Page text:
Often, the details not explained in the Torah are filled in by the Oral Torah, which according to Jewish tradition was also given on Mount Sinai. The Mishnah being the first codification of the Oral Torah expands upon many laws that are mentioned in the Torah, but not fully proposed. For instance, the Mishnah lists 39 categories of work that are forbidden on Shabbat, and then proceeds to describe in great detail each of these categories of work. The Mishnah talks about subjects barely mentioned in the Torah, such as blessings and prayer. It explains how one gets married and how one gets divorced, laws discussed only briefly in the Torah. The Mishnah also contains elaborate descriptions of the Temple service which were not mentioned in the Torah.
Although the Mishnah is not a direct commentary Torah, many of its passages contain exegesis or midrash on verses from the Torah. Sometimes the Mishnah will explicitly state that the discussed law is connected to a word or verse in the Torah and occasionally the connection is only implicit. As you learn Mishnah, it is essential to first examine the Biblical verses that deal with the topic.
How is the Mishnah related to the Talmud or Gemara?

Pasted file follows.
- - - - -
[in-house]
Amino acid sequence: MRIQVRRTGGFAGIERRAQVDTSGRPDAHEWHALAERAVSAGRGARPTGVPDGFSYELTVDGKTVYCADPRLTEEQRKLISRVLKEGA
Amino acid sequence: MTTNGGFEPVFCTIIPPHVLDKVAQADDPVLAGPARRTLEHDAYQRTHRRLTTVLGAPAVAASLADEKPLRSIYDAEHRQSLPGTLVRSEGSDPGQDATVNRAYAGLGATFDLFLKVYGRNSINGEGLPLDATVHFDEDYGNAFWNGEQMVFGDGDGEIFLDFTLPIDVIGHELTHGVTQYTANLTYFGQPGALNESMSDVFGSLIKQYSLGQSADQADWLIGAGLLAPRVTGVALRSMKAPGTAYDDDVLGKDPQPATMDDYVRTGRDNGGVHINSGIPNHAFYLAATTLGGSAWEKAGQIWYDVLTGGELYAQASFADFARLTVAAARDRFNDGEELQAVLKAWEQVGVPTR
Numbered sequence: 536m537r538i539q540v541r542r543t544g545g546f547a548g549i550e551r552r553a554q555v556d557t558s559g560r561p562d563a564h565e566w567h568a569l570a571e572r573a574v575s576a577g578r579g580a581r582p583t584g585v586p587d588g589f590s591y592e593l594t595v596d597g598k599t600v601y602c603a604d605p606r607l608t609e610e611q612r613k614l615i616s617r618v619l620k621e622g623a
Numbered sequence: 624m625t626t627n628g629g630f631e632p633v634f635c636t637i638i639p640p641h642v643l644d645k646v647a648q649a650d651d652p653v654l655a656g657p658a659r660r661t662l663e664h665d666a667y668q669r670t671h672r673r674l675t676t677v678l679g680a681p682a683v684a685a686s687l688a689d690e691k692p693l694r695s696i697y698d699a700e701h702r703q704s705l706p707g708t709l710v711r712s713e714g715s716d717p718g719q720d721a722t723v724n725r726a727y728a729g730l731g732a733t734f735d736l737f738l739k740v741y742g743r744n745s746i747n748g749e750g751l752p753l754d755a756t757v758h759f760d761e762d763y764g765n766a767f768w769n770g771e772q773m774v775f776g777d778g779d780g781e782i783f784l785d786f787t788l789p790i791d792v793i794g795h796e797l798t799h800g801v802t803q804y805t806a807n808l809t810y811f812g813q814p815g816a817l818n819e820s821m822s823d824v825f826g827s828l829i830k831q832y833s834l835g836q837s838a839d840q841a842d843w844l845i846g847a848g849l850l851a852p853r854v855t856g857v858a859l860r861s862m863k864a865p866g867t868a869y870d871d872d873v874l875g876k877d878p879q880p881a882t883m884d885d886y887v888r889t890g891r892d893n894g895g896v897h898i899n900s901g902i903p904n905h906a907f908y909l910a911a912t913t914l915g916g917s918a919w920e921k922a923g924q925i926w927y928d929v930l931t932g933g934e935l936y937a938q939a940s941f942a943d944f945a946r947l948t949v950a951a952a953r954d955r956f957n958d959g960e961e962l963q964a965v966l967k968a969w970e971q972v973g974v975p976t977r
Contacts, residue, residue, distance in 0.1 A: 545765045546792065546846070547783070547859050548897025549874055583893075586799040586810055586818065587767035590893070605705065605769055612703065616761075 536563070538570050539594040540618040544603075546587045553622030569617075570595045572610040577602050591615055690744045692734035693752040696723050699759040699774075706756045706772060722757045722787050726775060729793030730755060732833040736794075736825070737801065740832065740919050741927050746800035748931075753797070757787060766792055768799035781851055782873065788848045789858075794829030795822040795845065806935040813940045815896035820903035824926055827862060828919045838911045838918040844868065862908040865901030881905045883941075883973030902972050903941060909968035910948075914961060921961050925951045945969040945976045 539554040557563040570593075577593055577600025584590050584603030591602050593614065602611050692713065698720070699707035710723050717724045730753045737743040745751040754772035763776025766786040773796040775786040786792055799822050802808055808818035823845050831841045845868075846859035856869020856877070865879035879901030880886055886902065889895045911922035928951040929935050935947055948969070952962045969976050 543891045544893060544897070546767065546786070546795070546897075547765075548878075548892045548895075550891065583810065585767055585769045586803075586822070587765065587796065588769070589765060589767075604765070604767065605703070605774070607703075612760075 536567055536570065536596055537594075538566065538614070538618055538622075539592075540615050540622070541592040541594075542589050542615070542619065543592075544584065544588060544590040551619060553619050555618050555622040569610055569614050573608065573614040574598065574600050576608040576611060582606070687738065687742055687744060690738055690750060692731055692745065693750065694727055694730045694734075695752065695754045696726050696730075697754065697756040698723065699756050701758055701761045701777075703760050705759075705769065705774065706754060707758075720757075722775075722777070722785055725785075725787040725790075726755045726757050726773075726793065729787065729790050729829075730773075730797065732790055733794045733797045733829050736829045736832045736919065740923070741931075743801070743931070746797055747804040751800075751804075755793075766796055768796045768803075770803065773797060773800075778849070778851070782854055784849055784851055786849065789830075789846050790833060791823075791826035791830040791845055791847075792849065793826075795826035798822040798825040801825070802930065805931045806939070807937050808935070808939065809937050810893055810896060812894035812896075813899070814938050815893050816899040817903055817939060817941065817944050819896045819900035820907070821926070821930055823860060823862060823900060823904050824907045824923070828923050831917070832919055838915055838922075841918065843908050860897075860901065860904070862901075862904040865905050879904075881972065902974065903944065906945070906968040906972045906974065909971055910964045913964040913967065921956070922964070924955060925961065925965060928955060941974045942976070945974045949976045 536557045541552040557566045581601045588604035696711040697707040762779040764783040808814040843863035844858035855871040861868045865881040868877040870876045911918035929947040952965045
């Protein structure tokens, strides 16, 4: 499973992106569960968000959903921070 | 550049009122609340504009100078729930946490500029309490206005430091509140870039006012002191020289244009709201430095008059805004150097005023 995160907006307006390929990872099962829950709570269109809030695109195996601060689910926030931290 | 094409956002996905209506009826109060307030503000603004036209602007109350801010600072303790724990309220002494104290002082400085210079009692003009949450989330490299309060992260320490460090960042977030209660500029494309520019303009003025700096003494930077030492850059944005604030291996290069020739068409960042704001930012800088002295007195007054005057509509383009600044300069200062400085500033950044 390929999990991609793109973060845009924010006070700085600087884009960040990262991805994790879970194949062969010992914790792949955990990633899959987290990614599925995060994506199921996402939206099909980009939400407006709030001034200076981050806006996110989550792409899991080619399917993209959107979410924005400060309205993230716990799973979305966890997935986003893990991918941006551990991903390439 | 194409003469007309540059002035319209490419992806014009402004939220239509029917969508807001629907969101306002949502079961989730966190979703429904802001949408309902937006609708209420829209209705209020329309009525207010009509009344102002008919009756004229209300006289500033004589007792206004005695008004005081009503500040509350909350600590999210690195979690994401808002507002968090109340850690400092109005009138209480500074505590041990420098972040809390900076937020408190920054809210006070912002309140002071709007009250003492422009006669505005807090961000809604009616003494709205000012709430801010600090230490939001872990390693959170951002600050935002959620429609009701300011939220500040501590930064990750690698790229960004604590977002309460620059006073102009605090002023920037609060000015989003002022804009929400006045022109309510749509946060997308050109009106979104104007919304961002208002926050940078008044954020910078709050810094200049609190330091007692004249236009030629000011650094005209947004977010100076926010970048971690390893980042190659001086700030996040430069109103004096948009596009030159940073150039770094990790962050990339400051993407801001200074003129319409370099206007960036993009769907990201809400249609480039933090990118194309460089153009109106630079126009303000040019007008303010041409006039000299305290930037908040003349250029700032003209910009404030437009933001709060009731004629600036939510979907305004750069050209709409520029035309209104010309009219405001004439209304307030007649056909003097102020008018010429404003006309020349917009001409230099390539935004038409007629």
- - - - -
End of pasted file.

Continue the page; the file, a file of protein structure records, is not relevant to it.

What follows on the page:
The Mishnah was composed somewhere around 220 C.E. As soon as it was finished and publicized, the Sages began compiling commentary on the Mishnah. The Talmud, a Hebrew word, (in Aramaic, Gemara) is a compilation of their commentary on the Mishnah, along with many other traditions and discussions, loosely or not related at all to the Mishnah. There are actually two Talmuds, one composed in the Land of Israel and called either the Jerusalem Talmud or the Palestinian Talmud, and the other composed in Babylonia and called the Babylonian Talmud. The Palestinian Talmud was completed somewhere around the year 375 CE and the Babylonian Talmud was completed probably about 200 years later, although both of these dates are extremely tentative. The Babylonian Talmud has throughout history been more extensively studied and is consi dered more authoritative in Jewish law. It was this Talmud that formed the basis for all future codes of Jewish law, throughout the Jewish wandering in Europe and the Middle East.